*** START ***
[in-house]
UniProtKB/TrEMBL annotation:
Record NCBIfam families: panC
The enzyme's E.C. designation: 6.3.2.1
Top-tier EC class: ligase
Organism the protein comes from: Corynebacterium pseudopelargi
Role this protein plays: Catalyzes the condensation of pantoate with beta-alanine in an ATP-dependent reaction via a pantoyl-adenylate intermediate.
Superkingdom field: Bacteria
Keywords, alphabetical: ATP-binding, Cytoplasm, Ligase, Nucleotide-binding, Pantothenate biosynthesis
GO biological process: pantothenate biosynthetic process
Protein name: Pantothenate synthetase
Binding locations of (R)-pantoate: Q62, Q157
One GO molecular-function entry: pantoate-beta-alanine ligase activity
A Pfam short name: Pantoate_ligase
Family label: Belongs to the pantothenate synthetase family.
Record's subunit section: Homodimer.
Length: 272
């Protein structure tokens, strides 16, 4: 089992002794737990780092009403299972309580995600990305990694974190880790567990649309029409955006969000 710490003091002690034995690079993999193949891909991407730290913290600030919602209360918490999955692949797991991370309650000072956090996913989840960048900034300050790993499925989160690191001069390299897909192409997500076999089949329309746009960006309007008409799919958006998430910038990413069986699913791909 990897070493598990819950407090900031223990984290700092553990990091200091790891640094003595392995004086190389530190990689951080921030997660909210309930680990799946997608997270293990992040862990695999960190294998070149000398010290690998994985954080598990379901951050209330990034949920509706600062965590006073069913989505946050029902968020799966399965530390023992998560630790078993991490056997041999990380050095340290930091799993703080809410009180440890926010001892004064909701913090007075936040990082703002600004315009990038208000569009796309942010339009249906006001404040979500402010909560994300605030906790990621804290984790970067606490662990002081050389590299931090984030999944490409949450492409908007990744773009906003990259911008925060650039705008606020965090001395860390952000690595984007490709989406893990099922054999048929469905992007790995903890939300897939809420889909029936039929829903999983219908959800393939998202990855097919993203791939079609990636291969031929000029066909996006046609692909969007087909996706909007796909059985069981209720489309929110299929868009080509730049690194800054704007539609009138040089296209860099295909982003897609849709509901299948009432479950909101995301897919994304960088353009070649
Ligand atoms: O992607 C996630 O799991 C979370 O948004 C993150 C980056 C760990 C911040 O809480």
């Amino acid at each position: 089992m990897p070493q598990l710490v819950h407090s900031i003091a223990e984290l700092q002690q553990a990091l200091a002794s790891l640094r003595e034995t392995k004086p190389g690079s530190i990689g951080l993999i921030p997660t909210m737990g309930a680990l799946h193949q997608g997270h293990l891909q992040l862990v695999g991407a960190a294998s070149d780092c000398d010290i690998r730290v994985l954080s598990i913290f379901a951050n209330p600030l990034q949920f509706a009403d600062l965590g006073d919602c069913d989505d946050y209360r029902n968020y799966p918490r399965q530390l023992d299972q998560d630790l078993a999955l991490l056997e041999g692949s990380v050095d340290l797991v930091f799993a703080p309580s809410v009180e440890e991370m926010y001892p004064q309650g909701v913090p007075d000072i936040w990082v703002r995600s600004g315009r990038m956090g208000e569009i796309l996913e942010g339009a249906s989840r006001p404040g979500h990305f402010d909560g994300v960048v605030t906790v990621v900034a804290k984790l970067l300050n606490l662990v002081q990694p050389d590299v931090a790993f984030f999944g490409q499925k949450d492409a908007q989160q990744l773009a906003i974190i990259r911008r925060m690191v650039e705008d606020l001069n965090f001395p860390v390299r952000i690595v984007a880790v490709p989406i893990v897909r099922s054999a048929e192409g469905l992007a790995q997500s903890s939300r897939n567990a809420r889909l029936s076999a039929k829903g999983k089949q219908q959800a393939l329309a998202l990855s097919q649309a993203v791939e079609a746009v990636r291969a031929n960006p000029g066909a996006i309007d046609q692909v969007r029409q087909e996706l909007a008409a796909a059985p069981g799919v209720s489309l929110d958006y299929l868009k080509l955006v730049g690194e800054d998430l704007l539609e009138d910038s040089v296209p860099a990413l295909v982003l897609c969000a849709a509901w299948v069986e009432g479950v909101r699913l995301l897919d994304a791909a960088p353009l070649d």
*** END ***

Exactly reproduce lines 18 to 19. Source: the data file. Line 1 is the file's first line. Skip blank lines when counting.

């Protein structure tokens, strides 16, 4: 089992002794737990780092009403299972309580995600990305990694974190880790567990649309029409955006969000 710490003091002690034995690079993999193949891909991407730290913290600030919602209360918490999955692949797991991370309650000072956090996913989840960048900034300050790993499925989160690191001069390299897909192409997500076999089949329309746009960006309007008409799919958006998430910038990413069986699913791909 990897070493598990819950407090900031223990984290700092553990990091200091790891640094003595392995004086190389530190990689951080921030997660909210309930680990799946997608997270293990992040862990695999960190294998070149000398010290690998994985954080598990379901951050209330990034949920509706600062965590006073069913989505946050029902968020799966399965530390023992998560630790078993991490056997041999990380050095340290930091799993703080809410009180440890926010001892004064909701913090007075936040990082703002600004315009990038208000569009796309942010339009249906006001404040979500402010909560994300605030906790990621804290984790970067606490662990002081050389590299931090984030999944490409949450492409908007990744773009906003990259911008925060650039705008606020965090001395860390952000690595984007490709989406893990099922054999048929469905992007790995903890939300897939809420889909029936039929829903999983219908959800393939998202990855097919993203791939079609990636291969031929000029066909996006046609692909969007087909996706909007796909059985069981209720489309929110299929868009080509730049690194800054704007539609009138040089296209860099295909982003897609849709509901299948009432479950909101995301897919994304960088353009070649
Ligand atoms: O992607 C996630 O799991 C979370 O948004 C993150 C980056 C760990 C911040 O809480």